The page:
One size does not fit all: Indian D2C brands tap into niche markets


First came Amazon and Flipkart, sprawling e-commerce entities with hundreds of thousands of sellers vying for space alongside those platforms’ own private label brands.

Then came smaller direct-to-customer (D2C) sites, set up by brands tired of being subject to the whims and fancies of e-commerce majors. Thanks to the likes of Full Ecommerce Catalyst



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these stores have multiplied rapidly.

The latest stage in this evolution of India’s e-commerce segment appears to be a hybrid of its predecessors – platforms that provide sellers and buyers with an intimate consumer-focused experience, while offering marketplace-like variety. taller. In short, a D2C online marketplace. Hundreds of startups, from start-ups like healthy snack brand True Elements to unicorns like beauty brand Mamaearth, have tapped into these markets, which are, more often than not, focused on niches and categories.

Like FirstCry, an online marketplace for new mom and baby products. The company started in 2010 as an offline retail chain with 380 stores across the country at its peak. Currently, its online store claims around 5,000 brands and 7.5 million registered users. Or Little Black Book (LBB), which started as a lifestyle recommendation blog in 2012 and became an e-commerce platform with over 4,000 brands. “These micro-channels create an experience more relevant to your product category, as opposed to a monolithic shopping experience,” says Bharat Srinivasamurthy, co-founder of BrandRat, a D2C discovery platform.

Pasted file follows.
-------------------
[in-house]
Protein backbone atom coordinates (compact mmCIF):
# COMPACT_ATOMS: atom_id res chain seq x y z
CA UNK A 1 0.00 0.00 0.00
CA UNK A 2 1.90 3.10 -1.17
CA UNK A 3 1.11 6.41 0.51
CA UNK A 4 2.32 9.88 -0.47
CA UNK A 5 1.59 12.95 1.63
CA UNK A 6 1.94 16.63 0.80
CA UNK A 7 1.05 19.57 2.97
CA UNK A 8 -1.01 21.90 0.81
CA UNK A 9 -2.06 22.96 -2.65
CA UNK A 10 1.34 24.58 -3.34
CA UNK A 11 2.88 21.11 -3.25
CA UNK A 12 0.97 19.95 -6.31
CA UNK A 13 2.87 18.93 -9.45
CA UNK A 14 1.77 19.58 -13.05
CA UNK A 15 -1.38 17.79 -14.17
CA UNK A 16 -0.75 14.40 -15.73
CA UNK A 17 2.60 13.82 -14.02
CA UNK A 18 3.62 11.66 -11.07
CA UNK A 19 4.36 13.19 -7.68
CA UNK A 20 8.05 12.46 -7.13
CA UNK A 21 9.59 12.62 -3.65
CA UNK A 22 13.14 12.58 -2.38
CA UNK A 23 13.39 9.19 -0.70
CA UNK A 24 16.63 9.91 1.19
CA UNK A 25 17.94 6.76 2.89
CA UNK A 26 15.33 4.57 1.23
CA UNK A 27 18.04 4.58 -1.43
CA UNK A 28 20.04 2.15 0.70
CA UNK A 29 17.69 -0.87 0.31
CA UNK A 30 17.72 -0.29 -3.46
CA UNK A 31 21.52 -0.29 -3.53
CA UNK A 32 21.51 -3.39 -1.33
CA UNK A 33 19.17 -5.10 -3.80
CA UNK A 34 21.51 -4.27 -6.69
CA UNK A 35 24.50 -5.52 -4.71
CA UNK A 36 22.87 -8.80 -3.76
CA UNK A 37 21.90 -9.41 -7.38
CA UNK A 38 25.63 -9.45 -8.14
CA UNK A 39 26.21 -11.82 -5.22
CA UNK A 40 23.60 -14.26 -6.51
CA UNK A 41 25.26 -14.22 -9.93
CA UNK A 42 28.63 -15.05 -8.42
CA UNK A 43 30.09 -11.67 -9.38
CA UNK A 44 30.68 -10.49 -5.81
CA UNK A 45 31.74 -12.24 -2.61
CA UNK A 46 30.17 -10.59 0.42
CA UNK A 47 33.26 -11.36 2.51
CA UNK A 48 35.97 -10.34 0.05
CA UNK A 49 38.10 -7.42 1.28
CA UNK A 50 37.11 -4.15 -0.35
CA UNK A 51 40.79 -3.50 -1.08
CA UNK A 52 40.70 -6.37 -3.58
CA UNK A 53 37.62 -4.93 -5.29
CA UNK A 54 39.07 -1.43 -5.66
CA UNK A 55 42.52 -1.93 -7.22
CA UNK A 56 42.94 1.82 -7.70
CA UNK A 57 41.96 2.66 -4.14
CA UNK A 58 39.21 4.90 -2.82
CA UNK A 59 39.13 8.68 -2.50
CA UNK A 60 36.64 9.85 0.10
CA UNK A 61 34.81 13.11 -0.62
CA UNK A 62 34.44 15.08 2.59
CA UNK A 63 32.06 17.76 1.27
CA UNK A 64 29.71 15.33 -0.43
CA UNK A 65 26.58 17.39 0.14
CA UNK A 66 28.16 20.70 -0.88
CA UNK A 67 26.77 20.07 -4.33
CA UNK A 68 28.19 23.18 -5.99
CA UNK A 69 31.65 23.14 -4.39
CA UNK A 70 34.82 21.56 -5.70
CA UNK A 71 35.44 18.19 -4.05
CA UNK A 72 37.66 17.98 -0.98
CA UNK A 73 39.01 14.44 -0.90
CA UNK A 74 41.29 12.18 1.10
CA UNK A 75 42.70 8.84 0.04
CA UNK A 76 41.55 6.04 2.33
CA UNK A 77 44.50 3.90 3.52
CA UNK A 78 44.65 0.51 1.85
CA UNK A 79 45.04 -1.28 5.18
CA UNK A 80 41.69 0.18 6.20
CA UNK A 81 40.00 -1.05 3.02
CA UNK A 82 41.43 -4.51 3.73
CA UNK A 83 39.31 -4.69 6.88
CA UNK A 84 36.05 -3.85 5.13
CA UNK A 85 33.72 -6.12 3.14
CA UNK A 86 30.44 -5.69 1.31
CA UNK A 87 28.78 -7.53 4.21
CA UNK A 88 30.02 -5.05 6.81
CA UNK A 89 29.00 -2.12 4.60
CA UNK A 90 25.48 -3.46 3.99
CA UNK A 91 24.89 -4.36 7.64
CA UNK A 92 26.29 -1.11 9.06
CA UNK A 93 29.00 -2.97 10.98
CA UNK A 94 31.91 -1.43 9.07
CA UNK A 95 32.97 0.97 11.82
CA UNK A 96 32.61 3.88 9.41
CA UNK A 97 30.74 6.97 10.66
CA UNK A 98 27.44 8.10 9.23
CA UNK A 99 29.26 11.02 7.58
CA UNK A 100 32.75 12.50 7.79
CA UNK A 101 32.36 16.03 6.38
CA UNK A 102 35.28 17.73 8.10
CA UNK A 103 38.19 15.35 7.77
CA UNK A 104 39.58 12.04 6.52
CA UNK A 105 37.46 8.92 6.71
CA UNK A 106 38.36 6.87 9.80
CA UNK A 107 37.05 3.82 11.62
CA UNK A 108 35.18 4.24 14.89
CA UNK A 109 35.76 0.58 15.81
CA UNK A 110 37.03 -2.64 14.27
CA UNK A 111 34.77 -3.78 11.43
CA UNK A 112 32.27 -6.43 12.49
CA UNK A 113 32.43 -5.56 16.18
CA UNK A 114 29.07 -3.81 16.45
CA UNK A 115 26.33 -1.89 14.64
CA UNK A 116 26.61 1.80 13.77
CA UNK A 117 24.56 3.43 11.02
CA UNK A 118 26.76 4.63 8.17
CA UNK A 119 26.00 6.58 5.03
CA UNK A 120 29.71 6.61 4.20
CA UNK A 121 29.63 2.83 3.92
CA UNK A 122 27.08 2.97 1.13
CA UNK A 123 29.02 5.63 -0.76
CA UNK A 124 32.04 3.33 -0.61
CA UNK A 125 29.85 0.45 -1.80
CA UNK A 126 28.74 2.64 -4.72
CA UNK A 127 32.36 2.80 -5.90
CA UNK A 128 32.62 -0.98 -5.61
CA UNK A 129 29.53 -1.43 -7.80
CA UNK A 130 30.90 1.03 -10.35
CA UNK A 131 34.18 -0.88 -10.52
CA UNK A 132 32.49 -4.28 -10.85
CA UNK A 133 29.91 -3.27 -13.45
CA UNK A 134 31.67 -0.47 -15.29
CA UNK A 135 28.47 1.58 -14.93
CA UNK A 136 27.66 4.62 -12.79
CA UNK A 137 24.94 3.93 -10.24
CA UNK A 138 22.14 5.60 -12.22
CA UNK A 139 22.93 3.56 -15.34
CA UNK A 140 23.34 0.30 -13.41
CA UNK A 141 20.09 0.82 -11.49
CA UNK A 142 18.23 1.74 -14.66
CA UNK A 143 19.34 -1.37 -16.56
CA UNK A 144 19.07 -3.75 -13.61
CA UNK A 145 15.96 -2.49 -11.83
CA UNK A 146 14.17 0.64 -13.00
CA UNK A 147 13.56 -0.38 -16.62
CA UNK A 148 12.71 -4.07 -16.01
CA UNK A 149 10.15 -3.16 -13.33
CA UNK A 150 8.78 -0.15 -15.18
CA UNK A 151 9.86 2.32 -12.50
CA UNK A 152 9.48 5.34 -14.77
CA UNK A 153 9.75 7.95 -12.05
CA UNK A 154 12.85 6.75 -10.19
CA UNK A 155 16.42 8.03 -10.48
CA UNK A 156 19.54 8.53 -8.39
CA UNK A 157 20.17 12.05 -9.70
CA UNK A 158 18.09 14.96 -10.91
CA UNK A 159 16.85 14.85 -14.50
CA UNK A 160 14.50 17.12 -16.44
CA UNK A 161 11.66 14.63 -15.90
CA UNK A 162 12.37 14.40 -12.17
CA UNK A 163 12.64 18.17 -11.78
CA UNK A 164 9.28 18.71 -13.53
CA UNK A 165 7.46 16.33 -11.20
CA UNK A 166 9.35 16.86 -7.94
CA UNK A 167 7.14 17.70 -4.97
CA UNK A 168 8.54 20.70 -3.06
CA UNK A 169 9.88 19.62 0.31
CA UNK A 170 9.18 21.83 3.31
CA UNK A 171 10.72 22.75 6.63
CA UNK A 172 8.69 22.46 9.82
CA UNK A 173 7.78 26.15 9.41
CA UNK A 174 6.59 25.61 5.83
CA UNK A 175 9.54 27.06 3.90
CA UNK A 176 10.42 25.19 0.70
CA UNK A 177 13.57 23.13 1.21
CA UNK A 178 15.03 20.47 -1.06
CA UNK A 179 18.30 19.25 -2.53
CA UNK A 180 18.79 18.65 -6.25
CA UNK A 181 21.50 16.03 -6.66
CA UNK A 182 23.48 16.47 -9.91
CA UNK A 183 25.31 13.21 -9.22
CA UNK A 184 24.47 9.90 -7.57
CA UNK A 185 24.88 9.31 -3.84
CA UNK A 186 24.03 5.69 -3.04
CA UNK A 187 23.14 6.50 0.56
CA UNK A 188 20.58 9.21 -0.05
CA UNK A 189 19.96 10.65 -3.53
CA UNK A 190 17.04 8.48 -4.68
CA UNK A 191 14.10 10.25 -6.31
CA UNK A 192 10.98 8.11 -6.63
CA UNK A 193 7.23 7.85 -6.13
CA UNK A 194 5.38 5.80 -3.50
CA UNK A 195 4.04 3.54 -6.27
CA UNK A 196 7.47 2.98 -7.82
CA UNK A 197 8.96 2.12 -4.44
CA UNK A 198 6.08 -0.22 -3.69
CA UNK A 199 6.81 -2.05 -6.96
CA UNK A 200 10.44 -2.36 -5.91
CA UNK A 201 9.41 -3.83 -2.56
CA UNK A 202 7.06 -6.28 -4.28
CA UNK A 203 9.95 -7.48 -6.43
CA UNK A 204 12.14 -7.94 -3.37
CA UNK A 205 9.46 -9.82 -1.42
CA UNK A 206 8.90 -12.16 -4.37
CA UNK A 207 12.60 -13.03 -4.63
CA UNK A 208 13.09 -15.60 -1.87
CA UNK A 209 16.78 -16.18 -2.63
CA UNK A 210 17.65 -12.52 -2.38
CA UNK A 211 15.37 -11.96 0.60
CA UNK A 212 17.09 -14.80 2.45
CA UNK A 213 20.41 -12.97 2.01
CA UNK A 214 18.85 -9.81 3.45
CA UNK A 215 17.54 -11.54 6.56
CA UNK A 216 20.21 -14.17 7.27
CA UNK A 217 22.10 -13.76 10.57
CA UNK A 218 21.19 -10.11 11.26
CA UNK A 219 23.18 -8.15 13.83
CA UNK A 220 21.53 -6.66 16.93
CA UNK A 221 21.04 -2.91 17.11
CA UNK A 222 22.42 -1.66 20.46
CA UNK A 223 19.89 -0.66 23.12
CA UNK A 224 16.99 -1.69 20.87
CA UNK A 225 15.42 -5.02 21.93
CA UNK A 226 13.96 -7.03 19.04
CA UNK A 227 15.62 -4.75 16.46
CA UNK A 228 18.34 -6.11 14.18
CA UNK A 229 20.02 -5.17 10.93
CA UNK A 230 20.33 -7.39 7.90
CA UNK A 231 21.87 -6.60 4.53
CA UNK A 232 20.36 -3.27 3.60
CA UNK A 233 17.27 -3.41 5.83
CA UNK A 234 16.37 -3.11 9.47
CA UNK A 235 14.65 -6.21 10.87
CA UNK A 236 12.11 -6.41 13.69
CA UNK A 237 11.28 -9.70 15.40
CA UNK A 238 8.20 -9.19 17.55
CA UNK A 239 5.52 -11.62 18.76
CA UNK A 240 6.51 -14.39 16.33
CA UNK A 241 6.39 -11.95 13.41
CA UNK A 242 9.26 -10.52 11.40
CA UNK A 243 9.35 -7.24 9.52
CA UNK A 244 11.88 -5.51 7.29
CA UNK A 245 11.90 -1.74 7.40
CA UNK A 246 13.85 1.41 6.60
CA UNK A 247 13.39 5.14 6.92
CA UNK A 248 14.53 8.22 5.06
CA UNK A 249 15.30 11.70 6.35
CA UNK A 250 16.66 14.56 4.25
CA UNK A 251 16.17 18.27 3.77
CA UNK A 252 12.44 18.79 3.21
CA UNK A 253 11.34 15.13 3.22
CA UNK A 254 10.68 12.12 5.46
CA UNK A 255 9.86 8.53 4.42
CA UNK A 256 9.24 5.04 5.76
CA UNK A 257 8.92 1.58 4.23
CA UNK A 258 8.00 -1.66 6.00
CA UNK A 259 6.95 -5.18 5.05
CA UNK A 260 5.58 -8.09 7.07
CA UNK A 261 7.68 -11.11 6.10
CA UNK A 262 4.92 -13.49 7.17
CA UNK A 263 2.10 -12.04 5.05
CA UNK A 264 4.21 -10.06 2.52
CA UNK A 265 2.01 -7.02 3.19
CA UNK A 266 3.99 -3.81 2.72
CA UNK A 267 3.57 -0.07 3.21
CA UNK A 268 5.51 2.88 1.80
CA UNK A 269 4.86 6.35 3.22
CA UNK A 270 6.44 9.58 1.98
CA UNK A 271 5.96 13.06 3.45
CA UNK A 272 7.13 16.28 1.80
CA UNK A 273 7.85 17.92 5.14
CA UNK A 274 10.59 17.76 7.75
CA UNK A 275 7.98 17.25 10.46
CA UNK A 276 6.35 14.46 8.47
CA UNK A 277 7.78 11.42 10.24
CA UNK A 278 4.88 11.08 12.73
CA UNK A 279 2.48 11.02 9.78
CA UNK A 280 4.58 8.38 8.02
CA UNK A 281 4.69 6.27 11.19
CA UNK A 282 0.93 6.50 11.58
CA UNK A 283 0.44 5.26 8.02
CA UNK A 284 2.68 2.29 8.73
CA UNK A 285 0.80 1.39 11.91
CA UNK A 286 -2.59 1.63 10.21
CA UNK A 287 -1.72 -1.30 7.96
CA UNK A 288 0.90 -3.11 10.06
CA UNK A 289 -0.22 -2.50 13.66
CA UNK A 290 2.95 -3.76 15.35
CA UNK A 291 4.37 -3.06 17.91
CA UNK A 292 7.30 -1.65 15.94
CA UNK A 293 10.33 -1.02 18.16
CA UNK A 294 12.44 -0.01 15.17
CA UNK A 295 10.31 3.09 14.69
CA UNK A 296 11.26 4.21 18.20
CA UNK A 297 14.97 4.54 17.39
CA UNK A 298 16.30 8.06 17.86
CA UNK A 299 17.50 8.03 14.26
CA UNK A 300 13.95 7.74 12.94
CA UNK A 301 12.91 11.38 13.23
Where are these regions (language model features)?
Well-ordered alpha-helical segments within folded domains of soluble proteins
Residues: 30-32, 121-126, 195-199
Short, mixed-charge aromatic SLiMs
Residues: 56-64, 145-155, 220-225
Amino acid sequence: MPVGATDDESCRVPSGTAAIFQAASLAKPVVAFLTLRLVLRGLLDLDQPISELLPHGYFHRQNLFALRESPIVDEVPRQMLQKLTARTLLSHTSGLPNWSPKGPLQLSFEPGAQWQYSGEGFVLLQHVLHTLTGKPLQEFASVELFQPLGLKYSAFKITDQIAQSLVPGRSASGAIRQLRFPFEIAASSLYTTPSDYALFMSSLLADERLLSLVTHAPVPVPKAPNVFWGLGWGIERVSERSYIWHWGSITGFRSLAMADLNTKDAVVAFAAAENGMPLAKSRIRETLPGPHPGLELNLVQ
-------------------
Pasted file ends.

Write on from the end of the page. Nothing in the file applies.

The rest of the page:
Nor are brands limited to one or two platforms. India’s D2C growth over the past five years is the result of a common scenario: finding a market-relevant product on marketplaces, driving traffic to its own websites, and then going offline. Now, however, the underlying philosophy seems to be that more channels are better, regardless of brand size.

For example, True Elements and personal care brand mCaffeine both sell on over 80 platforms. For the year ending March 2022, the two companies are posting a revenue rate of Rs 80 crore ($10 million) and Rs 350 crore ($46 million), respectively. “Every time we’ve sold on long-tail channels, we’ve seen great traction. We make sure we are everywhere so that when one of these niche channels becomes huge, we’ll be an early adopter,” says Tarun Sharma, co-founder and CEO of mCaffeine.

It’s an additional source of revenue for brands, especially if the market has reached saturation on horizontal marketplaces. A health food brand may find more takers on online pharmacy platforms such as Tata-owned 1MG, which cater to healthcare-seeking customers anyway, than on Flipkart.


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